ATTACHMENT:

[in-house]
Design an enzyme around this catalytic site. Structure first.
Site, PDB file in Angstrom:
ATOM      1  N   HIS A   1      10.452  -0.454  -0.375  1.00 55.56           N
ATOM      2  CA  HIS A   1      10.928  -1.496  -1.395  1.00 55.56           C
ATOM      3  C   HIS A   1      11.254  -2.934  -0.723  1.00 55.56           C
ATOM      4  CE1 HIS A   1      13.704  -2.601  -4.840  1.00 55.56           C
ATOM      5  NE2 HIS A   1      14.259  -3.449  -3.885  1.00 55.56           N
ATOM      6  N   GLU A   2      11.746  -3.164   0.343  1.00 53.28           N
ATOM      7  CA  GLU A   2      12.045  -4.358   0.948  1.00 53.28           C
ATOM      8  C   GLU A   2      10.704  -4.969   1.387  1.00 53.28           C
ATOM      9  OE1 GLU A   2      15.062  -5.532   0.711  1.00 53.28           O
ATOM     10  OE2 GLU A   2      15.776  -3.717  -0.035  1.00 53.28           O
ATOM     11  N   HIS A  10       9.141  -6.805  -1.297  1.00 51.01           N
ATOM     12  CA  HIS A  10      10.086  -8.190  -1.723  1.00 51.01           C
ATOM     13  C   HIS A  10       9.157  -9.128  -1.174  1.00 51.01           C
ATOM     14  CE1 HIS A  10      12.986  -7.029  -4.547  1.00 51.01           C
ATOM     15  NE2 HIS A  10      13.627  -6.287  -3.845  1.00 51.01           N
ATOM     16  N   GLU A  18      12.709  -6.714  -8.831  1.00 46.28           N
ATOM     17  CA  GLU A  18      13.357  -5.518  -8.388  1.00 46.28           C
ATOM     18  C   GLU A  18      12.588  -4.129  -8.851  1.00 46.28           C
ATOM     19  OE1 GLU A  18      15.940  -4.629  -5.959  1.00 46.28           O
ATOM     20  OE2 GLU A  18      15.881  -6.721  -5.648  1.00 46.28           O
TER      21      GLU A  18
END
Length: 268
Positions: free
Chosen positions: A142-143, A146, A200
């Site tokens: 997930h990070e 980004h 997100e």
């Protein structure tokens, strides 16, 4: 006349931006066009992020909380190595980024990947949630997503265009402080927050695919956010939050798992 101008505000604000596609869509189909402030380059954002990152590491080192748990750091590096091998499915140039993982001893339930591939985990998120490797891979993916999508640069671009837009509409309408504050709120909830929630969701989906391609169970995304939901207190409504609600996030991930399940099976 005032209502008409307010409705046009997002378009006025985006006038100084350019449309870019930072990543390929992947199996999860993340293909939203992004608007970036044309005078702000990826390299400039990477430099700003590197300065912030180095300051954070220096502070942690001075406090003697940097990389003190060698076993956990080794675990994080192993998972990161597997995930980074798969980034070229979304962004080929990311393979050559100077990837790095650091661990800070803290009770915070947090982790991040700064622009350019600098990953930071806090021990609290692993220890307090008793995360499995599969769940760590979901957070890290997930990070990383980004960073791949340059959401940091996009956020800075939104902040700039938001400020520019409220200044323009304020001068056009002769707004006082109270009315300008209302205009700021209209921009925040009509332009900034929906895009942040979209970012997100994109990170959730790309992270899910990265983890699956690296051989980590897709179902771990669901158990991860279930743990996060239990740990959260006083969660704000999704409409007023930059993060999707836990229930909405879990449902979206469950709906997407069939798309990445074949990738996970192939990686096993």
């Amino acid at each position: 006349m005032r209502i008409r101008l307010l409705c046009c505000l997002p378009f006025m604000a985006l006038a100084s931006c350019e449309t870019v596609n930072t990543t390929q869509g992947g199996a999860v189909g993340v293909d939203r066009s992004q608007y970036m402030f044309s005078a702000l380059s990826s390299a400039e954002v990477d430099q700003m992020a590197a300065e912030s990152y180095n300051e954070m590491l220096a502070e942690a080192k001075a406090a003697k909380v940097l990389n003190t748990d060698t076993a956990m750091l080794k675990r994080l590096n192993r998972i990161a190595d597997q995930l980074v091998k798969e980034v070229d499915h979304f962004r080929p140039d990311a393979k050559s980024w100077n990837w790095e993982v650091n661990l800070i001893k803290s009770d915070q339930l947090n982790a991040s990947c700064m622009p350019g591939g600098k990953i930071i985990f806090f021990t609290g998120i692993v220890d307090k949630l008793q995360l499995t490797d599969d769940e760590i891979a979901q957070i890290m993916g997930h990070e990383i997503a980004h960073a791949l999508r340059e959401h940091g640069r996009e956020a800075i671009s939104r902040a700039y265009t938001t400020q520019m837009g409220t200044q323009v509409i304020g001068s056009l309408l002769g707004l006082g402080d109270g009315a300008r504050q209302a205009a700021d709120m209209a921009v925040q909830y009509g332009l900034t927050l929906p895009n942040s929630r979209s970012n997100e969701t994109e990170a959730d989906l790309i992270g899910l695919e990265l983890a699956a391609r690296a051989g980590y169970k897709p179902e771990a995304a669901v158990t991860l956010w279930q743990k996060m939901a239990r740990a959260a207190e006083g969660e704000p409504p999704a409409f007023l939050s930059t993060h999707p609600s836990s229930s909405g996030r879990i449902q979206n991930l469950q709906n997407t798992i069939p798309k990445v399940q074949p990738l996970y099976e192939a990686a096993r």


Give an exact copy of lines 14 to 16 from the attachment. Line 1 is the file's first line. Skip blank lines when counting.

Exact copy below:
ATOM     11  N   HIS A  10       9.141  -6.805  -1.297  1.00 51.01           N
ATOM     12  CA  HIS A  10      10.086  -8.190  -1.723  1.00 51.01           C
ATOM     13  C   HIS A  10       9.157  -9.128  -1.174  1.00 51.01           C